Eye For Film >> Movies >> 127 Hours (2010) Film Review
Reviewed by: Jeff Robson
If there’s one thing Danny Boyle does well, it’s entertain. From his still-stunning big screen debut Shallow Grave through to the Oscar-winning Slumdog Millionaire his films, while often thought-provoking and unconventional, have never neglected the old-style Hollywood imperative: give ‘em a thrill a minute.
It’s a testament to his virtuoso skill as a director that he pulls this feat off again while telling a story that’s essentially about one character in one situation – albeit a compelling one. But in 127 Hours the ‘everything including the kitchen sink’ approach does lead to a slight case of sensory overload which actually detracts from the simple human story at its heart.
‘A thrill a minute’ was undoubtedly the motto by which Aron Ralston lived his life. An extreme sports enthusiast and lover of America’s wild places since childhood, he’d think nothing of taking off for a long weekend of cycling and climbing across territory that could still be classed as a wilderness.
Unfortunately, in April 2003 he thought nothing of it to such an extent that no one – friends, family, emergency services – knew he was ‘canyoneering’ in the wilds of Utah. The film’s kinetic opening shots of teeming speeded-up crowds and Ralston (James Franco) dashing full-tilt towards his latest date with danger are in stark contrast to the stasis and isolation to come. They also paint a portrait of a very 21st century boy – a gadgeted-up adrenaline junkie speeding through life supremely confident in his ability to cope with anything.
He drives, then cycles, to the middle of nowhere, pausing only to help out (and flirt with) a couple of lost backpackers (Amber Tamblyn and Kate Mara). Then he starts climbing, feeling pretty good with himself and the world – until a missed step plunges him down a crevasse and dislodges a huge boulder that pins him to the canyon wall by his right arm.
Confronted by two physical absolutes – he can’t free his arm and the boulder’s too heavy to move – he quickly realises that he’s trapped and alone, with no prospect of anyone even thinking he might be in trouble for days. He has no phone (and it’s a signal black spot anyway); he’s got plenty of other gadgets but not much in the way of survival tools; and his food and water are barely enough to last a day. As he succinctly puts it: “Pretty deep do-doo”.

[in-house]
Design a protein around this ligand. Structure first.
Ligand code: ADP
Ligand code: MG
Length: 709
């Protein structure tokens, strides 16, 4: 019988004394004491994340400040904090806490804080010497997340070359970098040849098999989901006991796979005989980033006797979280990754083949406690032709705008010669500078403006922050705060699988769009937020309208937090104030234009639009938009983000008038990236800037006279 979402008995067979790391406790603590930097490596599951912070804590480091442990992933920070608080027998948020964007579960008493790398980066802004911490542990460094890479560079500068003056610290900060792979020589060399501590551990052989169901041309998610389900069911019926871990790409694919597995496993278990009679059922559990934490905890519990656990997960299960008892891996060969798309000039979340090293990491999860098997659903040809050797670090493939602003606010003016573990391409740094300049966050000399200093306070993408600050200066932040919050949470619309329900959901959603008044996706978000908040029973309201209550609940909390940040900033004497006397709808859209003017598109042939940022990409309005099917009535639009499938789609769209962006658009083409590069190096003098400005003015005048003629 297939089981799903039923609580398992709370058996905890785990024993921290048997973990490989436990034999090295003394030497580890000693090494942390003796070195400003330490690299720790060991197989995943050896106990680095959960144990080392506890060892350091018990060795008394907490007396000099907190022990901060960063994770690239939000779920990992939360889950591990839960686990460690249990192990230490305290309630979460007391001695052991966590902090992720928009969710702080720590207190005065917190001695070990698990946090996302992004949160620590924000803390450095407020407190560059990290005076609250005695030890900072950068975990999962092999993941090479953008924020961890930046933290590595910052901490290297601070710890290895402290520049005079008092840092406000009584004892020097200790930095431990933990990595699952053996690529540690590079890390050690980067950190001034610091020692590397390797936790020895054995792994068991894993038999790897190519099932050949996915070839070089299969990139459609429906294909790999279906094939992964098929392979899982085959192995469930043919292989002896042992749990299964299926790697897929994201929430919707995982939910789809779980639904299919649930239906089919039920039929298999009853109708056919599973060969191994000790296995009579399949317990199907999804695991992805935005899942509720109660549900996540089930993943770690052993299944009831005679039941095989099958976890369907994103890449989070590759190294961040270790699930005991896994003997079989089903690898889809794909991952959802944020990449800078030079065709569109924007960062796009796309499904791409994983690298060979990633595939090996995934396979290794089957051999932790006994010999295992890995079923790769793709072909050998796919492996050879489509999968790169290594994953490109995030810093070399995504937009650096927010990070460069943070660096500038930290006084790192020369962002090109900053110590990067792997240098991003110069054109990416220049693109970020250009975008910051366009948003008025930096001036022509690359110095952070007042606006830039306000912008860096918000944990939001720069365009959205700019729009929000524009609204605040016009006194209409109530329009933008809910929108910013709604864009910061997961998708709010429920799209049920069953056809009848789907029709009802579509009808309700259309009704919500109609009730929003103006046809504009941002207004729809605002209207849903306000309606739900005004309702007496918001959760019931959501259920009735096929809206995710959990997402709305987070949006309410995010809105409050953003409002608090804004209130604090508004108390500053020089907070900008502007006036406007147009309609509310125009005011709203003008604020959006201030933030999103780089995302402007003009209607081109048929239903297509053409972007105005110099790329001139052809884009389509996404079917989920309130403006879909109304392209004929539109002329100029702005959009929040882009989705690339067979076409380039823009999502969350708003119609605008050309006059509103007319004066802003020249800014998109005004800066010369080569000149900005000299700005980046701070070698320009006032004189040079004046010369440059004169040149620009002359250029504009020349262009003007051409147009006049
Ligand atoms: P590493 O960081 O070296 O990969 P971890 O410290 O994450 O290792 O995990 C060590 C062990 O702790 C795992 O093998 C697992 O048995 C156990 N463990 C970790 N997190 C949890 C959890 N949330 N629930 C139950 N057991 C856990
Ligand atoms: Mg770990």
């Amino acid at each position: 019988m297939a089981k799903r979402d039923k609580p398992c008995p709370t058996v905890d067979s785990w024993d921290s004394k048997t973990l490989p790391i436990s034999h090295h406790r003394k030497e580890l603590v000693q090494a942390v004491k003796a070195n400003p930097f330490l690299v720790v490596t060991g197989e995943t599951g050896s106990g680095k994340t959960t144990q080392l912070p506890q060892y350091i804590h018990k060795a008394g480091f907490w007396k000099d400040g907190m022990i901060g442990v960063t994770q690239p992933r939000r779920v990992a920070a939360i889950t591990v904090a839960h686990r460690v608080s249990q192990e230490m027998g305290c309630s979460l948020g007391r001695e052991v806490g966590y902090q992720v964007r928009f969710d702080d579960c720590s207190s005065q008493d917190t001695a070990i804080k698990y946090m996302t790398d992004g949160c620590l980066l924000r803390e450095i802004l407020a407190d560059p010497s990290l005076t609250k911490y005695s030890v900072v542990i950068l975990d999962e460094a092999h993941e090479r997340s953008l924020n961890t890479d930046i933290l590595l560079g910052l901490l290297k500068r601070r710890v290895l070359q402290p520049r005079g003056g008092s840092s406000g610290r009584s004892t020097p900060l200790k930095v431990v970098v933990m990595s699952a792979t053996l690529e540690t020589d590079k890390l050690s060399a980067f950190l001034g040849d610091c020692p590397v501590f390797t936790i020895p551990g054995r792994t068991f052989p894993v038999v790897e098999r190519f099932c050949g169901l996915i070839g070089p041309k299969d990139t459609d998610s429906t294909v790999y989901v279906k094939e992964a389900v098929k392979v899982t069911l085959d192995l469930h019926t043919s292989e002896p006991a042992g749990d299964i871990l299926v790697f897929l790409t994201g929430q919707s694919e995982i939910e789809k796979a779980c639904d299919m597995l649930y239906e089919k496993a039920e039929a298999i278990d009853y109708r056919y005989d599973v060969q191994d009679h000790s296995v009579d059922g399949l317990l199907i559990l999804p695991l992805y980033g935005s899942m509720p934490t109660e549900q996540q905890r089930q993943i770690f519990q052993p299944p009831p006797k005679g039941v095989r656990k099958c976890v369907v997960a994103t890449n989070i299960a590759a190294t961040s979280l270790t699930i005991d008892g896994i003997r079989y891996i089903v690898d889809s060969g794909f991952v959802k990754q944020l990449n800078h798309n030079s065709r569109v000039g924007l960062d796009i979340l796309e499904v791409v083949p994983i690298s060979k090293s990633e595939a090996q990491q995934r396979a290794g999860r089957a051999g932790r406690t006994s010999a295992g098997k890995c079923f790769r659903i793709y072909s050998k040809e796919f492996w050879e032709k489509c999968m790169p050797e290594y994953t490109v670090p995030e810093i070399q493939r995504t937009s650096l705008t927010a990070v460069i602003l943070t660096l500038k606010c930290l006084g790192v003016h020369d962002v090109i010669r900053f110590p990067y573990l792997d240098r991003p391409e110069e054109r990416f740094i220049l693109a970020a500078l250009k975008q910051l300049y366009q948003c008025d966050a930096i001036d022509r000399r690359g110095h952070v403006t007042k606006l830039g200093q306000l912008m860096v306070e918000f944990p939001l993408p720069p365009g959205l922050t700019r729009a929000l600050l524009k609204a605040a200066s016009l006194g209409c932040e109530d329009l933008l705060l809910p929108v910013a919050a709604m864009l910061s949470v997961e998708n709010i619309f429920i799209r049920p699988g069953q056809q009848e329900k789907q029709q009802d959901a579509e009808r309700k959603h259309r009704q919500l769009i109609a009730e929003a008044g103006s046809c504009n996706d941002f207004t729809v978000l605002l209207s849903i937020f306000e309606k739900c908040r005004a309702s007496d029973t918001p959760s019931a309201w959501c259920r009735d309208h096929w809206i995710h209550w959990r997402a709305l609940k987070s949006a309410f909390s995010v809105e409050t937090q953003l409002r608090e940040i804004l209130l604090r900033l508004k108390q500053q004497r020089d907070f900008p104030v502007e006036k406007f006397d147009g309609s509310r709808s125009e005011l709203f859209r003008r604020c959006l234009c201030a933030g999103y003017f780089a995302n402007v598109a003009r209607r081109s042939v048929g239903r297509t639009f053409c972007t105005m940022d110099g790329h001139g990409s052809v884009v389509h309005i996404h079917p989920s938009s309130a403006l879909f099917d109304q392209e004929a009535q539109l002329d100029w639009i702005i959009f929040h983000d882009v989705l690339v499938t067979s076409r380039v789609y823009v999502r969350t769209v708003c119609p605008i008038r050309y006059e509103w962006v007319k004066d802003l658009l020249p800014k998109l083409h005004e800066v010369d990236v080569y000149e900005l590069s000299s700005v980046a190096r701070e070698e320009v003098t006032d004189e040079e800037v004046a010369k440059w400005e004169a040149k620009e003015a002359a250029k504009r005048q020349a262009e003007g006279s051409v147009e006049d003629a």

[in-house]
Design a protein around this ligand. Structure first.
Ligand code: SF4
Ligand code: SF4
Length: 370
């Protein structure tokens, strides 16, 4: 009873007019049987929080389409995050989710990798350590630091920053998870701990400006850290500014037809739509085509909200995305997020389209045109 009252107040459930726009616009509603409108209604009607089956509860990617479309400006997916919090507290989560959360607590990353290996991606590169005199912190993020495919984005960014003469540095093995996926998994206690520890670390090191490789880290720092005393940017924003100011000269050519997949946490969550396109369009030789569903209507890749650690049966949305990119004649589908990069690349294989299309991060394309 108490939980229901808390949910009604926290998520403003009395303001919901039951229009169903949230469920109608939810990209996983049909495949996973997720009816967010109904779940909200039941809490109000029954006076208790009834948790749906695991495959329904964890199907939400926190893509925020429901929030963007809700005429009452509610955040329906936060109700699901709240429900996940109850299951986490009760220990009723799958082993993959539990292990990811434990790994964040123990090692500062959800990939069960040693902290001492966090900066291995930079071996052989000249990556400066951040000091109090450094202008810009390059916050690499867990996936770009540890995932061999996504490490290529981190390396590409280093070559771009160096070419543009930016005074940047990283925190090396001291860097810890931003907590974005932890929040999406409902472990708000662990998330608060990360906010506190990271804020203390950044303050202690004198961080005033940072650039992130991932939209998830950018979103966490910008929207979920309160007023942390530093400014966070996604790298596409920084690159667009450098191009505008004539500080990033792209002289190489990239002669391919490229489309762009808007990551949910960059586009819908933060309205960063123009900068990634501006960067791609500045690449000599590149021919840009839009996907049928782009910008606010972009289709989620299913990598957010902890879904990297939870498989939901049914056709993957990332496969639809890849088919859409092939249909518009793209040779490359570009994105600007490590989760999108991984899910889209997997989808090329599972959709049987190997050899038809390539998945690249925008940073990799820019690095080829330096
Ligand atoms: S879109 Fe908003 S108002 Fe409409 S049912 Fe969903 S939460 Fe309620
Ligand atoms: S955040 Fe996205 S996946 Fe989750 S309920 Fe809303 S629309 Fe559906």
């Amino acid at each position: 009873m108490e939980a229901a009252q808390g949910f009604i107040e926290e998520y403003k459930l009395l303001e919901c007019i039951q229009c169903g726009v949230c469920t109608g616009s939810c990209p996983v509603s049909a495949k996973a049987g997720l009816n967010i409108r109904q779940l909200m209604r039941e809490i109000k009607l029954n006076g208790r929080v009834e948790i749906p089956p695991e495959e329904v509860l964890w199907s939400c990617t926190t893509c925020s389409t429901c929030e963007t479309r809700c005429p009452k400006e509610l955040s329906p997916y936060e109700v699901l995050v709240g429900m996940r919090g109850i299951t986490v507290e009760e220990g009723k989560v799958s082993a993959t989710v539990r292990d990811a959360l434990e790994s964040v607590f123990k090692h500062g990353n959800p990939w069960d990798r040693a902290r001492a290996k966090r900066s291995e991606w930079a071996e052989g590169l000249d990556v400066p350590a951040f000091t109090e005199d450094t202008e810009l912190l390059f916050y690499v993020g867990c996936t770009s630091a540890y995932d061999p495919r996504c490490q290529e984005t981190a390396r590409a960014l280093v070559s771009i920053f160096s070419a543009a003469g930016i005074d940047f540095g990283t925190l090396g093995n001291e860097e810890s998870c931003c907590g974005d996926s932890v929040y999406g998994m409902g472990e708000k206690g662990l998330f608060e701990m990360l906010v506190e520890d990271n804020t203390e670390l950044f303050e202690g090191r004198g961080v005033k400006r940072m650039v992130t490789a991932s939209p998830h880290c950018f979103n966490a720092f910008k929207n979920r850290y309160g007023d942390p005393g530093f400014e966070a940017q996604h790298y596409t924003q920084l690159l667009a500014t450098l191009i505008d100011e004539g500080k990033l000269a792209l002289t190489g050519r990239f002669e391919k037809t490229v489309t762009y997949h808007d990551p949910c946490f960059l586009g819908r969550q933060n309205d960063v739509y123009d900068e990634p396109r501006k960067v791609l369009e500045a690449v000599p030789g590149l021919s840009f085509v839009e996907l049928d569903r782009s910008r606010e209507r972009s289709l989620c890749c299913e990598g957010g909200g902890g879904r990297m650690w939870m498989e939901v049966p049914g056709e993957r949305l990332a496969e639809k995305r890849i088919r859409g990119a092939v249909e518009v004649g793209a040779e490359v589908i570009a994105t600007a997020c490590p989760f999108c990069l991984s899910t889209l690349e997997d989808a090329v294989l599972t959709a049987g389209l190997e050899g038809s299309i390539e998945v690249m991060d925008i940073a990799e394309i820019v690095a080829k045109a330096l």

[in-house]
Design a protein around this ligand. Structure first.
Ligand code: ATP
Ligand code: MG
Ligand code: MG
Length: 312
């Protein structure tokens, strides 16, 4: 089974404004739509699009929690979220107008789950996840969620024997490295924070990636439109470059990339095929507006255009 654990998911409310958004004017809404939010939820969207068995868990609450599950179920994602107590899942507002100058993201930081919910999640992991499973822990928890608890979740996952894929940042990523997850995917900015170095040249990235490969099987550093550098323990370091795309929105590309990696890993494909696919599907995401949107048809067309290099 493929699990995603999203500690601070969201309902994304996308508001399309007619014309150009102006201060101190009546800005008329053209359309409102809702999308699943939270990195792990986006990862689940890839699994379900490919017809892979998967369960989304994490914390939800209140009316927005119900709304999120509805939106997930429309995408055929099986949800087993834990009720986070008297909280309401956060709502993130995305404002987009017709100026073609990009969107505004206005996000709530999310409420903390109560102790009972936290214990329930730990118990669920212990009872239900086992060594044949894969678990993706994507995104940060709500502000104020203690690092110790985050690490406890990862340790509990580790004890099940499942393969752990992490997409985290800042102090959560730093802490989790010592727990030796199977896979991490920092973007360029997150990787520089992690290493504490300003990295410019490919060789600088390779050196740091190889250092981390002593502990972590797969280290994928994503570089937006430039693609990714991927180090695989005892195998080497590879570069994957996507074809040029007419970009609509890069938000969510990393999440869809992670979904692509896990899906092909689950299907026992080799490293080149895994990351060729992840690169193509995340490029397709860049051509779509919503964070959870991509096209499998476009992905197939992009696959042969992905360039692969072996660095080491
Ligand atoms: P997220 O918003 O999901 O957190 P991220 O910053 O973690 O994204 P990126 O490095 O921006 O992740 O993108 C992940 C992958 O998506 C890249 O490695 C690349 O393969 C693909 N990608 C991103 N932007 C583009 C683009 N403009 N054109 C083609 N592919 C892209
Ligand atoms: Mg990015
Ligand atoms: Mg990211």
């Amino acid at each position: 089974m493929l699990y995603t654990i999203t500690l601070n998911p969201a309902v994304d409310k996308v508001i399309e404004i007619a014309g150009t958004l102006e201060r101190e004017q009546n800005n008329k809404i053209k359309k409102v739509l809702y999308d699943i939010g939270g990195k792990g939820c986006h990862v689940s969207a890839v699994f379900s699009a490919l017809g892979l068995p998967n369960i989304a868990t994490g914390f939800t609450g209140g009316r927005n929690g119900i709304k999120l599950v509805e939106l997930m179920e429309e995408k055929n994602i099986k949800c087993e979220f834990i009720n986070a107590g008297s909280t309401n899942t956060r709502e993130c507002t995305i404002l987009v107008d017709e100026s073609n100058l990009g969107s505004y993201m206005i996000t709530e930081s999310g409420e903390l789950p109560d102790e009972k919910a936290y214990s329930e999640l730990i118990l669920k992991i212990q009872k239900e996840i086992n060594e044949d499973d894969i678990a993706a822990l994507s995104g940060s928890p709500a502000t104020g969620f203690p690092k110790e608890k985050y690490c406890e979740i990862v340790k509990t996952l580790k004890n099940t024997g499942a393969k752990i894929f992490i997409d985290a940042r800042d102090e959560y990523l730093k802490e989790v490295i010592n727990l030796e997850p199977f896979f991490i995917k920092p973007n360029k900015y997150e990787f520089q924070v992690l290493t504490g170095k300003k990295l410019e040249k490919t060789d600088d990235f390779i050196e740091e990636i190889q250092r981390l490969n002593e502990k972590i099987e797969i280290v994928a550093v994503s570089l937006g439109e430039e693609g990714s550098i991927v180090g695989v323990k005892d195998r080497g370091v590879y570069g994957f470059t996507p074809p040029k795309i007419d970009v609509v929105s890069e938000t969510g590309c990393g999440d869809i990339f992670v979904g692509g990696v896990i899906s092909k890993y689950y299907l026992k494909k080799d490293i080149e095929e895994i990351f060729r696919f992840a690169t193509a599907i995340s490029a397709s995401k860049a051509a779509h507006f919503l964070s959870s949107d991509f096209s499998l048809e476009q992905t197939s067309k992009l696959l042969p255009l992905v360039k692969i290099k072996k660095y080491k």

His initial attempts to find an answer – rigging up pulleys with his climbing ropes, trying to chip some leverage in the rock with a very blunt penknife – are a masterclass in how much tension you can rack up with a single actor in a single, very confined, location. You are definitely right there with Aron as he finds out just how draining and frustrating the simplest actions can be in extremis. And how quickly a can-do “don’t sweat it, dude” approach to life can change to impotent anger and despair in the face of an unyielding, indifferent universe.
As the water runs low and his pain and fatigue build he videos himself in an attempt to stay sane and connected. But the images blur and coalesce in a middle section that mirrors his declining mental state – surreal dream sequences, montages of childhood memories and flashbacks to the times when he was off-hand and uncaring with the people closest to him, particularly his parents and his former girlfriend (Clémence Poésy).
As I said, these scenes, while as visually thrilling and imaginative as anything Boyle’s ever done, tend to detract a little from the stark drama at the film’s core. But they do create a sense of the joy that Aron has known in his life before and the possibilities that a life to come might hold. If he can manage to get himself free, of course.
The director is helped immensely in all this by his leading man. Franco has been a revelation as an actor in recent years, escaping the ‘Spider-Man sidekick’ square-jawed jock roles with subtler, more challenging performances in the likes of Milk and the forthcoming Howl. Placed completely centre-stage here, his Aron is a fascinating character – outwardly successful and in control, but forced in adversity to confront how shallow and self-regarding he has been. But does he deserve to die an agonising and solitary death because of that? You’ll be rooting for him when he determines that he’ll escape whatever it costs – and takes another look at that blunt penknife...
The script, by Full Monty and Slumdog scribe Simon Beaufoy is undoubtedly in the key of ‘uplift’. But as in Slumdog there’s a sense that the feelgood elements have been hard-won. It’s a gruelling watch (perhaps not for the squeamish, or indeed the claustrophobic) and it doesn’t shy away from considering that the protagonist brought it on himself. It doesn’t have the epic feel or quite the same level of human engagement as Slumdog or 28 Days Later and lacks the sheer anarchic verve of early classics like Shallow Grave and Trainspotting.
But if, like me, you’re a fully paid-up member of the Boyle fan club, this still has all the things you go to his movies for – imagination, heart, humour and a constant desire to try something new. I’ve no idea what he’ll want to do when he next gets behind the camera. But I can’t wait to find out.Reviewed on: 29 Oct 2010